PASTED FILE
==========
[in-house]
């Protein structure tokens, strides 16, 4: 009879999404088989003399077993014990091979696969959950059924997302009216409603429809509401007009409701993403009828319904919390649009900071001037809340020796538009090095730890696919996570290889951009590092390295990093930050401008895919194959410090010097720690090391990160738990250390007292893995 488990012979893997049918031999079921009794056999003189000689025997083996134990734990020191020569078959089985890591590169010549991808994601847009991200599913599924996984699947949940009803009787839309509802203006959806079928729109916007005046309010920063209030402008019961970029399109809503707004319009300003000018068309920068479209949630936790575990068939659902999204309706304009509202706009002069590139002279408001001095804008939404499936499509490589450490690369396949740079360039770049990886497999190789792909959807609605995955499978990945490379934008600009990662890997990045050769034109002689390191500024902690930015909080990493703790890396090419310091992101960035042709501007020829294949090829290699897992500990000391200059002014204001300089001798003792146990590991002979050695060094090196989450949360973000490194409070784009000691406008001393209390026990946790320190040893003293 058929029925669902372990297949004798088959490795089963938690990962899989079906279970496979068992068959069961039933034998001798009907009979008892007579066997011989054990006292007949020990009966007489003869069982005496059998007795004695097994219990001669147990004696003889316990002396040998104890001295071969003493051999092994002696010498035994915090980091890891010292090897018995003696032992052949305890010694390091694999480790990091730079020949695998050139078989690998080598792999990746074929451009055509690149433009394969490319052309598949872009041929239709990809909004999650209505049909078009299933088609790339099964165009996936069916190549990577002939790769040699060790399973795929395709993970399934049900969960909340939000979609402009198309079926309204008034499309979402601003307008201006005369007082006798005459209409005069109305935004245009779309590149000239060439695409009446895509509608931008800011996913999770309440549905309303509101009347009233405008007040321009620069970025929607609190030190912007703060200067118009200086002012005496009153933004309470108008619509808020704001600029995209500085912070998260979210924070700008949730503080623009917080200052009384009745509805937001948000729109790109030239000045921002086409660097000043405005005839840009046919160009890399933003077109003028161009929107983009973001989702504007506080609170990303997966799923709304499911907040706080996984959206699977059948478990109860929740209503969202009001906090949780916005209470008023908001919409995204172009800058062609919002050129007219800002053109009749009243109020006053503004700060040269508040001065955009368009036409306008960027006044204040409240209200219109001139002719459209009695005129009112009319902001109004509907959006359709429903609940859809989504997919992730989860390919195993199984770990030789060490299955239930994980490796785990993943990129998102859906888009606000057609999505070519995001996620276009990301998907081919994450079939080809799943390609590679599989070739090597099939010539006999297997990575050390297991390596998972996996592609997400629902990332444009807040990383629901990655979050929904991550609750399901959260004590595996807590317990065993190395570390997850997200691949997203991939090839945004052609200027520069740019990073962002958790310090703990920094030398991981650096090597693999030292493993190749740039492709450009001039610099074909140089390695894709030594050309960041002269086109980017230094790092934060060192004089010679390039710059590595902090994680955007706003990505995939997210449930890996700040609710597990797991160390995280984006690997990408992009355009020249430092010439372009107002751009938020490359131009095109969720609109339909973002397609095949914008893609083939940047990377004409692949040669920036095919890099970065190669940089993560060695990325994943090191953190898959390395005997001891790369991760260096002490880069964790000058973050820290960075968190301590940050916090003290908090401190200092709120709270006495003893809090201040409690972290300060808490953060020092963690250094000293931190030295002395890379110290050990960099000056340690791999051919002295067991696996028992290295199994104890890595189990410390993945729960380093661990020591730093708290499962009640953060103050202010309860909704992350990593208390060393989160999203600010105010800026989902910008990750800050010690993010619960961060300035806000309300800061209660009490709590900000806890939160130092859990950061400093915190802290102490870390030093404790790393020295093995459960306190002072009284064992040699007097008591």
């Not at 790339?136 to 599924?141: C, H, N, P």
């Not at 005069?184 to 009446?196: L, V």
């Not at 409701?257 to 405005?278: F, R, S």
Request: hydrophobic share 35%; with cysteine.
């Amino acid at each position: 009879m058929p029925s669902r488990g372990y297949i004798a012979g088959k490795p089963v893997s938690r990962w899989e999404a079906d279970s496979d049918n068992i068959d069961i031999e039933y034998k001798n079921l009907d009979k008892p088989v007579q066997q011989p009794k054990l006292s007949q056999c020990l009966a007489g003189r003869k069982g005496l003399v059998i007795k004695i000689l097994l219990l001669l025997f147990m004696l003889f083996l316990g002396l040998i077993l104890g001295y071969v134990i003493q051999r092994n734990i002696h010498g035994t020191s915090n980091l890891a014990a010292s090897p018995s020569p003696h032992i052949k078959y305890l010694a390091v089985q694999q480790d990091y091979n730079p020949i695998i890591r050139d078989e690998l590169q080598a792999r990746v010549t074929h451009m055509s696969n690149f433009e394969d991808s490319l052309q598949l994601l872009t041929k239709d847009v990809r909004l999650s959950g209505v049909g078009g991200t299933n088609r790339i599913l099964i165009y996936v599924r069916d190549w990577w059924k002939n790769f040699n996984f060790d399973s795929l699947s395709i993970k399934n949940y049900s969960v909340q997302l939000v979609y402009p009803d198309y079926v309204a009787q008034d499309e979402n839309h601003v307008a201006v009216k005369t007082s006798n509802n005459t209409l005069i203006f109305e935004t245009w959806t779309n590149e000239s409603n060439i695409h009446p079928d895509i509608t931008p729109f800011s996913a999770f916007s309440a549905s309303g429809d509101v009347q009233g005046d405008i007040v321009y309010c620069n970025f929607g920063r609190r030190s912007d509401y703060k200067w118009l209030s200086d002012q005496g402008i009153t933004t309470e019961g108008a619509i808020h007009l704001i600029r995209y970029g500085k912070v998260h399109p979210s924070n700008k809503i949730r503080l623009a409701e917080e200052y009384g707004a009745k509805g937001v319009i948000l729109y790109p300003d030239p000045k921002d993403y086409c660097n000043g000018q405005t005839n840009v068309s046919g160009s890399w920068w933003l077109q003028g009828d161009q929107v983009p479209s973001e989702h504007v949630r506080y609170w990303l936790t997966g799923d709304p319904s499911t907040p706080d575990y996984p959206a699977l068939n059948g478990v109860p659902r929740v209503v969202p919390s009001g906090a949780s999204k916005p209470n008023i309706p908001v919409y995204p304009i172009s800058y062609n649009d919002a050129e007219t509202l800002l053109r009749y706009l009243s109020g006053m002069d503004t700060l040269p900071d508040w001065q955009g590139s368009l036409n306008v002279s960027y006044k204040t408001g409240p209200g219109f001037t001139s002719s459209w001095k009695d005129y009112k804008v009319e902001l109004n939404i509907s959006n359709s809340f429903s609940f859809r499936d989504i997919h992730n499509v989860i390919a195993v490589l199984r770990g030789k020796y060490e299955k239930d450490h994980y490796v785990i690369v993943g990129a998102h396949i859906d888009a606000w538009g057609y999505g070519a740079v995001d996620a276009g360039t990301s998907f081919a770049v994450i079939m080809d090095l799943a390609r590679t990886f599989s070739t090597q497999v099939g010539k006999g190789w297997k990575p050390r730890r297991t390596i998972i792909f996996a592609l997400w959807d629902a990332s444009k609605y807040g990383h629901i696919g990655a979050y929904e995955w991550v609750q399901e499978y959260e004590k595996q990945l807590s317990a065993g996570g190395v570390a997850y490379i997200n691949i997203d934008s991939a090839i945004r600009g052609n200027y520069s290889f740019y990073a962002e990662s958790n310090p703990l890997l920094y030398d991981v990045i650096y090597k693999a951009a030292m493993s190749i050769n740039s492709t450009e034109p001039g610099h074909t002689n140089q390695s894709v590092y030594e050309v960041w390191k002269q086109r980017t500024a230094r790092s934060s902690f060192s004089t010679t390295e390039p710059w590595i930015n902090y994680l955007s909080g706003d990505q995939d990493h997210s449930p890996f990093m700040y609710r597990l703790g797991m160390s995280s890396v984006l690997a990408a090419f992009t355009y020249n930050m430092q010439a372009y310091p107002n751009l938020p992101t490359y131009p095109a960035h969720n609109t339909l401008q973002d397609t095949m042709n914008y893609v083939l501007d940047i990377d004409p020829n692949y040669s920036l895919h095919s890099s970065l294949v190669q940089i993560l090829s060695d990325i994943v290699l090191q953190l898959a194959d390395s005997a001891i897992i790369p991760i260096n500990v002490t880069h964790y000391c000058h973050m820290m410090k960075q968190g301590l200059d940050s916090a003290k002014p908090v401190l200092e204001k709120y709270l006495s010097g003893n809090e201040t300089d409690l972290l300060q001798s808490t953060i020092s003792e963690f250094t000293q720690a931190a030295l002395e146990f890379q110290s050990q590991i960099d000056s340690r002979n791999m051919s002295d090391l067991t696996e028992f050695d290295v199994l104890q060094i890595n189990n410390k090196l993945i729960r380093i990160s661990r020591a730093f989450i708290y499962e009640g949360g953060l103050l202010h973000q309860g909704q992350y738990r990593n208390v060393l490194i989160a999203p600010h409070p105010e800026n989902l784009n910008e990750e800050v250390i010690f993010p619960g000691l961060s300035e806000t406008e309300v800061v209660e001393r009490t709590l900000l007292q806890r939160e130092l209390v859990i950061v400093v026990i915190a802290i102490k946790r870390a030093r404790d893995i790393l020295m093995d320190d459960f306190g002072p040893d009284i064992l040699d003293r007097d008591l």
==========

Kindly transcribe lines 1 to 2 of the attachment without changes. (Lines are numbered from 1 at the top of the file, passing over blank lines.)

[in-house]
């Protein structure tokens, strides 16, 4: 009879999404088989003399077993014990091979696969959950059924997302009216409603429809509401007009409701993403009828319904919390649009900071001037809340020796538009090095730890696919996570290889951009590092390295990093930050401008895919194959410090010097720690090391990160738990250390007292893995 488990012979893997049918031999079921009794056999003189000689025997083996134990734990020191020569078959089985890591590169010549991808994601847009991200599913599924996984699947949940009803009787839309509802203006959806079928729109916007005046309010920063209030402008019961970029399109809503707004319009300003000018068309920068479209949630936790575990068939659902999204309706304009509202706009002069590139002279408001001095804008939404499936499509490589450490690369396949740079360039770049990886497999190789792909959807609605995955499978990945490379934008600009990662890997990045050769034109002689390191500024902690930015909080990493703790890396090419310091992101960035042709501007020829294949090829290699897992500990000391200059002014204001300089001798003792146990590991002979050695060094090196989450949360973000490194409070784009000691406008001393209390026990946790320190040893003293 058929029925669902372990297949004798088959490795089963938690990962899989079906279970496979068992068959069961039933034998001798009907009979008892007579066997011989054990006292007949020990009966007489003869069982005496059998007795004695097994219990001669147990004696003889316990002396040998104890001295071969003493051999092994002696010498035994915090980091890891010292090897018995003696032992052949305890010694390091694999480790990091730079020949695998050139078989690998080598792999990746074929451009055509690149433009394969490319052309598949872009041929239709990809909004999650209505049909078009299933088609790339099964165009996936069916190549990577002939790769040699060790399973795929395709993970399934049900969960909340939000979609402009198309079926309204008034499309979402601003307008201006005369007082006798005459209409005069109305935004245009779309590149000239060439695409009446895509509608931008800011996913999770309440549905309303509101009347009233405008007040321009620069970025929607609190030190912007703060200067118009200086002012005496009153933004309470108008619509808020704001600029995209500085912070998260979210924070700008949730503080623009917080200052009384009745509805937001948000729109790109030239000045921002086409660097000043405005005839840009046919160009890399933003077109003028161009929107983009973001989702504007506080609170990303997966799923709304499911907040706080996984959206699977059948478990109860929740209503969202009001906090949780916005209470008023908001919409995204172009800058062609919002050129007219800002053109009749009243109020006053503004700060040269508040001065955009368009036409306008960027006044204040409240209200219109001139002719459209009695005129009112009319902001109004509907959006359709429903609940859809989504997919992730989860390919195993199984770990030789060490299955239930994980490796785990993943990129998102859906888009606000057609999505070519995001996620276009990301998907081919994450079939080809799943390609590679599989070739090597099939010539006999297997990575050390297991390596998972996996592609997400629902990332444009807040990383629901990655979050929904991550609750399901959260004590595996807590317990065993190395570390997850997200691949997203991939090839945004052609200027520069740019990073962002958790310090703990920094030398991981650096090597693999030292493993190749740039492709450009001039610099074909140089390695894709030594050309960041002269086109980017230094790092934060060192004089010679390039710059590595902090994680955007706003990505995939997210449930890996700040609710597990797991160390995280984006690997990408992009355009020249430092010439372009107002751009938020490359131009095109969720609109339909973002397609095949914008893609083939940047990377004409692949040669920036095919890099970065190669940089993560060695990325994943090191953190898959390395005997001891790369991760260096002490880069964790000058973050820290960075968190301590940050916090003290908090401190200092709120709270006495003893809090201040409690972290300060808490953060020092963690250094000293931190030295002395890379110290050990960099000056340690791999051919002295067991696996028992290295199994104890890595189990410390993945729960380093661990020591730093708290499962009640953060103050202010309860909704992350990593208390060393989160999203600010105010800026989902910008990750800050010690993010619960961060300035806000309300800061209660009490709590900000806890939160130092859990950061400093915190802290102490870390030093404790790393020295093995459960306190002072009284064992040699007097008591």